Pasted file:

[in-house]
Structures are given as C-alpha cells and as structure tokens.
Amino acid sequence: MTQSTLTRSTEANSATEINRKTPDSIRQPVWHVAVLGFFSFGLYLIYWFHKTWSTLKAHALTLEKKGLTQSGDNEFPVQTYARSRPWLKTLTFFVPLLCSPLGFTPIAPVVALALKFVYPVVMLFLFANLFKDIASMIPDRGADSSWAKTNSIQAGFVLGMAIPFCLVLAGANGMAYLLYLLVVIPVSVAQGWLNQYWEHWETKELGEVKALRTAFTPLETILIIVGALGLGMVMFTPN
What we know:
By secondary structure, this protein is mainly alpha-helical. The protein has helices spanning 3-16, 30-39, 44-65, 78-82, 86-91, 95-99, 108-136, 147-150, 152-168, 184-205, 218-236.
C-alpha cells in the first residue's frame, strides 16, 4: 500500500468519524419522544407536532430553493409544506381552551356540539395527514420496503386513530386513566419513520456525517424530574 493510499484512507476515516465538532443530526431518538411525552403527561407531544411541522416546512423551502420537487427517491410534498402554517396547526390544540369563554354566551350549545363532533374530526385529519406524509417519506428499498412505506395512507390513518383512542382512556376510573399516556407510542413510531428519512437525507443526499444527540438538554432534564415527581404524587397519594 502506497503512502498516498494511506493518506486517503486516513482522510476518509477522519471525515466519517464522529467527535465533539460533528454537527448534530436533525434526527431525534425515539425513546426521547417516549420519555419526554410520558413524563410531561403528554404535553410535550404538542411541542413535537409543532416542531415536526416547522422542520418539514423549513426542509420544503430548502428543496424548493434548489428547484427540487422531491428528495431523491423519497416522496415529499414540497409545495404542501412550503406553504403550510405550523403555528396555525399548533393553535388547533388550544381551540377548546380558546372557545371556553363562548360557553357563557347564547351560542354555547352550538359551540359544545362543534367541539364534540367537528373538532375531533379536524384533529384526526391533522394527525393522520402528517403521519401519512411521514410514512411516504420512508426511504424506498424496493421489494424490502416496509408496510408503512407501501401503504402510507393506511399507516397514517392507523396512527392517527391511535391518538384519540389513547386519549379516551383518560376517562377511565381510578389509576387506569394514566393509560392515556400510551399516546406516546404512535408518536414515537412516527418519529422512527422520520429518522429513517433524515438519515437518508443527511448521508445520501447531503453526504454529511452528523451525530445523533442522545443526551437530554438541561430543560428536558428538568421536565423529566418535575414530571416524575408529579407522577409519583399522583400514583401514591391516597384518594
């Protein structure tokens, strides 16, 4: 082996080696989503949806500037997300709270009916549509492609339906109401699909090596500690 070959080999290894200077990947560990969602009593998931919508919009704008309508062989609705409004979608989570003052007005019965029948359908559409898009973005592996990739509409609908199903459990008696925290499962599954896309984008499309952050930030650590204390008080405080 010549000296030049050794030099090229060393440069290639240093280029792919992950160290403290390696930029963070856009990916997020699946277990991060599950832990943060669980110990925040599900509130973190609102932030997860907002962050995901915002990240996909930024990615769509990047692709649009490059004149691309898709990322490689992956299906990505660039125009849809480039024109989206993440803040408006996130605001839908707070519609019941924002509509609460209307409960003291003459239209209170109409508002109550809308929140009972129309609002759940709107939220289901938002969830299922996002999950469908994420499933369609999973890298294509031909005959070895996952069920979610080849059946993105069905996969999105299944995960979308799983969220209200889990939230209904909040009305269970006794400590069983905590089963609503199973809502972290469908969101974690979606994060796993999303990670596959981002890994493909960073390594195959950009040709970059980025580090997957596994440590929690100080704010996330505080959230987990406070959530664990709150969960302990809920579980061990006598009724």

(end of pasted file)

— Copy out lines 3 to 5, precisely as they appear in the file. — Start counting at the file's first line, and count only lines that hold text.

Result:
Amino acid sequence: MTQSTLTRSTEANSATEINRKTPDSIRQPVWHVAVLGFFSFGLYLIYWFHKTWSTLKAHALTLEKKGLTQSGDNEFPVQTYARSRPWLKTLTFFVPLLCSPLGFTPIAPVVALALKFVYPVVMLFLFANLFKDIASMIPDRGADSSWAKTNSIQAGFVLGMAIPFCLVLAGANGMAYLLYLLVVIPVSVAQGWLNQYWEHWETKELGEVKALRTAFTPLETILIIVGALGLGMVMFTPN
What we know:
By secondary structure, this protein is mainly alpha-helical. The protein has helices spanning 3-16, 30-39, 44-65, 78-82, 86-91, 95-99, 108-136, 147-150, 152-168, 184-205, 218-236.